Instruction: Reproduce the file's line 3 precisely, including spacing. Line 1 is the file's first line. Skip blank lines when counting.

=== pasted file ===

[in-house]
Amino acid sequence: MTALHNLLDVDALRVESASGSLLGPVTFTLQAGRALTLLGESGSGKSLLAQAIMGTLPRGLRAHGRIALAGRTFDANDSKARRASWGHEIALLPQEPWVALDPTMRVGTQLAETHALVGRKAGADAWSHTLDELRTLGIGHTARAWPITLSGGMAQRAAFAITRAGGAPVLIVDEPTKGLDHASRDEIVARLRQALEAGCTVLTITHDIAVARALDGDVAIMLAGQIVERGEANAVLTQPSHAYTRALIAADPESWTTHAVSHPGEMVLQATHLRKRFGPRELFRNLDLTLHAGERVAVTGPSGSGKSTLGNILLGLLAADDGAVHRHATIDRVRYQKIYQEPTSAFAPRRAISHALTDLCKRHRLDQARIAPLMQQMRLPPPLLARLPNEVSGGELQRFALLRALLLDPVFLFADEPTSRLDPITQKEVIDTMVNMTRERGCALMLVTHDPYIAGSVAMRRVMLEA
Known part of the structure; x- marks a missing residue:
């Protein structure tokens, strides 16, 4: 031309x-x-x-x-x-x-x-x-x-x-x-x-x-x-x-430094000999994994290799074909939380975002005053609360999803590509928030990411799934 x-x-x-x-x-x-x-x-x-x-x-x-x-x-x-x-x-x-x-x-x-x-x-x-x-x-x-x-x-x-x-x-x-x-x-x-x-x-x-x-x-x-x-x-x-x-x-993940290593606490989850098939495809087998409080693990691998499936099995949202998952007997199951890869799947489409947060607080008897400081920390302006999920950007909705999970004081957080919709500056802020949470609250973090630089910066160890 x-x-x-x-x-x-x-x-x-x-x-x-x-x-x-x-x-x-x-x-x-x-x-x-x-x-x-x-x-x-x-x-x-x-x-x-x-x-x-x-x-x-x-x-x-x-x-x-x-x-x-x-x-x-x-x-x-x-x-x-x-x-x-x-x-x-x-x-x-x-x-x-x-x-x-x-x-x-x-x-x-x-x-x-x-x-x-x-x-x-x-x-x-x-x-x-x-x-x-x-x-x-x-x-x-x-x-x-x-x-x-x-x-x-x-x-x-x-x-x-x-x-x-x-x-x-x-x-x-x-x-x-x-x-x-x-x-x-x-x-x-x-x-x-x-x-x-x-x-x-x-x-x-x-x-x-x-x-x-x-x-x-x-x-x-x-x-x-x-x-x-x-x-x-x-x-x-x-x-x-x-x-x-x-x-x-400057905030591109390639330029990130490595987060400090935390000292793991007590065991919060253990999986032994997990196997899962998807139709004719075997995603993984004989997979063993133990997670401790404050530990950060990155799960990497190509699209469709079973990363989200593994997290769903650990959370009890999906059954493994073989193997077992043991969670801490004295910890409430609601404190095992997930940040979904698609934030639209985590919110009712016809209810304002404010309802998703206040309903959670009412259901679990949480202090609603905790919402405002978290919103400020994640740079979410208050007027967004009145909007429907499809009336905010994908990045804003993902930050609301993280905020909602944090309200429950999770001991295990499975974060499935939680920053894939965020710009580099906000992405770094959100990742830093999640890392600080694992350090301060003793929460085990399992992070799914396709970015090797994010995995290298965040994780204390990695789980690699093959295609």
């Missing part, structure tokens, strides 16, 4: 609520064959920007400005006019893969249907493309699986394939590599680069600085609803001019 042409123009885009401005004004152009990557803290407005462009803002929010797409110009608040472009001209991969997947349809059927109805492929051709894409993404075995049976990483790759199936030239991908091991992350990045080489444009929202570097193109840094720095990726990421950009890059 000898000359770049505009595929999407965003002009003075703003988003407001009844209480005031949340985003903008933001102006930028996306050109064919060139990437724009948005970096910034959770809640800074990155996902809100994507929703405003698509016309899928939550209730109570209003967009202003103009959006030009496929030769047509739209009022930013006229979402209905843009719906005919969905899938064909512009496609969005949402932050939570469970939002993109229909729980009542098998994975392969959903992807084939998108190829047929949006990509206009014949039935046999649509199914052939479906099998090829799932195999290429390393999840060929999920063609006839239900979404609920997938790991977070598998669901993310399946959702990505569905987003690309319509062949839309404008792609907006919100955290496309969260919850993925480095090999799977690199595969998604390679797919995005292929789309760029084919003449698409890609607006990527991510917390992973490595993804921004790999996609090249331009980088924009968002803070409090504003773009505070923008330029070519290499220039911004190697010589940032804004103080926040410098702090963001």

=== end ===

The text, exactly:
Known part of the structure; x- marks a missing residue: